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Lady Emma Hamilton’s attitudes renewed: Art gallery performance project

Lady Emma Hamilton’s attitudes renewed: Art gallery performance project

Wallis, Jillian (2016) Lady Emma Hamilton’s attitudes renewed: Art gallery performance project. Scene, 4 (1). pp. 43-49. ISSN 2044-3714 (Print), 2044-3722 (Online) (doi:10.1386/scene.4.1.43_1)

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Abstract

What happens when a contemporary, live art performance is designed and staged for a Renaissance building that is an international tourist attraction in its own right, and displays an outstanding fine art collection in its rooms and corridors? In 2014 I helped to create a theatre performance at The Queen’s House art gallery in Greenwich and in so doing attempted something fairly radical for a museum setting. Lady Emma Hamilton’s Attitudes Renewed was a collaboration between Akleriah, a visually experimental performance collective, myself as a theatre director, and film-maker Jason Wen. The iconic Emma Hamilton was arguably the first female performance artist and the piece was commissioned to tie in with a display of eighteenth-century engravings and paintings in which she features. The flamboyant costume design and choreographic nature of Akleriah’s work instigates immediate audience attention in non-theatre spaces but the art gallery setting for this performance made additional demands. This article considers the negotiation of that space as a venue, navigates the production process from conception to realization, and asks if and how the expectations of the gallery Programmer, and the 350 viewers who saw the piece, were met. The research and rehearsal period is critiqued to track the re-imagining of actual historical characters with an inventive contemporary lens, using intersection between live and filmed images, and fragments of text. The semi-lit location of the performance, its relationship to the pictures on the walls and the recurring frequency of the fifteen minutes duration are key issues. An outcome of the event notices how the close proximity and presence of the semi-transitory audience needed a particular theatrical complicity, a trust within the space. The film projection enhanced the fluidity of the piece, with its shifts in reality and perspective. Feedback included ‘ghostlike… beautiful… intriguing’, bringing alive characters and space.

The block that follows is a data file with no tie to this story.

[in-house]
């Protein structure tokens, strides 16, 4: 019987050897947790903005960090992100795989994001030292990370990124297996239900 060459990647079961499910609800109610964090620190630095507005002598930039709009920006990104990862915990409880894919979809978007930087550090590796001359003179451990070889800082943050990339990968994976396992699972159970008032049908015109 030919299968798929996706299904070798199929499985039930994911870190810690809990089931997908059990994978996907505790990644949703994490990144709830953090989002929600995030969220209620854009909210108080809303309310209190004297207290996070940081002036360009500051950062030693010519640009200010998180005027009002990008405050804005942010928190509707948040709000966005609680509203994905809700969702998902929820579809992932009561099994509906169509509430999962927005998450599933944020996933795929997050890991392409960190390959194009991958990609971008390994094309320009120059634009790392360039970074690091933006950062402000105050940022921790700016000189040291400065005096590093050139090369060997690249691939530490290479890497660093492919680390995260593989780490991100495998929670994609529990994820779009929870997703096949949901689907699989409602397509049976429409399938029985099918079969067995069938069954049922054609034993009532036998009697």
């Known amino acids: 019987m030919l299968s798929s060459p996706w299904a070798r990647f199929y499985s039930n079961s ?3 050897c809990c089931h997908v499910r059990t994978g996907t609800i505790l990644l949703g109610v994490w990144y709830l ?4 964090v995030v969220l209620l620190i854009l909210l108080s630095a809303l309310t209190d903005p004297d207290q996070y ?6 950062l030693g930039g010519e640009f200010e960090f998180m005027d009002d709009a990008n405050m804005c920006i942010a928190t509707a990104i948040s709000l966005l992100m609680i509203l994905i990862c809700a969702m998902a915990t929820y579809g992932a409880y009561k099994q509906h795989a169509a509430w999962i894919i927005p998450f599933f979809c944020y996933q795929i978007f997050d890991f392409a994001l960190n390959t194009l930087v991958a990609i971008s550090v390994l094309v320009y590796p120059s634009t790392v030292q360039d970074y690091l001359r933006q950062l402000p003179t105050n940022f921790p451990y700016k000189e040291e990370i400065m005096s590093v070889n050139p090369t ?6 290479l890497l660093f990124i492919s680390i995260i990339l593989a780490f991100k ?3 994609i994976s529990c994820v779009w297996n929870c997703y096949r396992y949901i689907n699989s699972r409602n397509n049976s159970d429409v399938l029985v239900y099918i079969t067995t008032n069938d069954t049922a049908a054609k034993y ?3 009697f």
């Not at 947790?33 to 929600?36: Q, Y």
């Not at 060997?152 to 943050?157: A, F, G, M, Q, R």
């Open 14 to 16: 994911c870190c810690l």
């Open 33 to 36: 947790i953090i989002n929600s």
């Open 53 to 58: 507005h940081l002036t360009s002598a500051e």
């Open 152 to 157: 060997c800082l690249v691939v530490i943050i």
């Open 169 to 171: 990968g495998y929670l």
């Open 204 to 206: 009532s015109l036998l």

Item Type: Article
Uncontrolled Keywords: art gallery, performance, historical representation, film, paintings, choreography, refracted images, tourists
Subjects: D History General and Old World > DA Great Britain
N Fine Arts > ND Painting
Faculty / Department / Research Group: Faculty of Architecture, Computing & Humanities
Faculty of Architecture, Computing & Humanities > Department of Literature, Language & Theatre
Related URLs:
Last Modified: 22 Feb 2018 12:46
Selected for GREAT 2016: None
Selected for GREAT 2017: None
Selected for GREAT 2018: None
URI: http://gala.gre.ac.uk/id/eprint/15386

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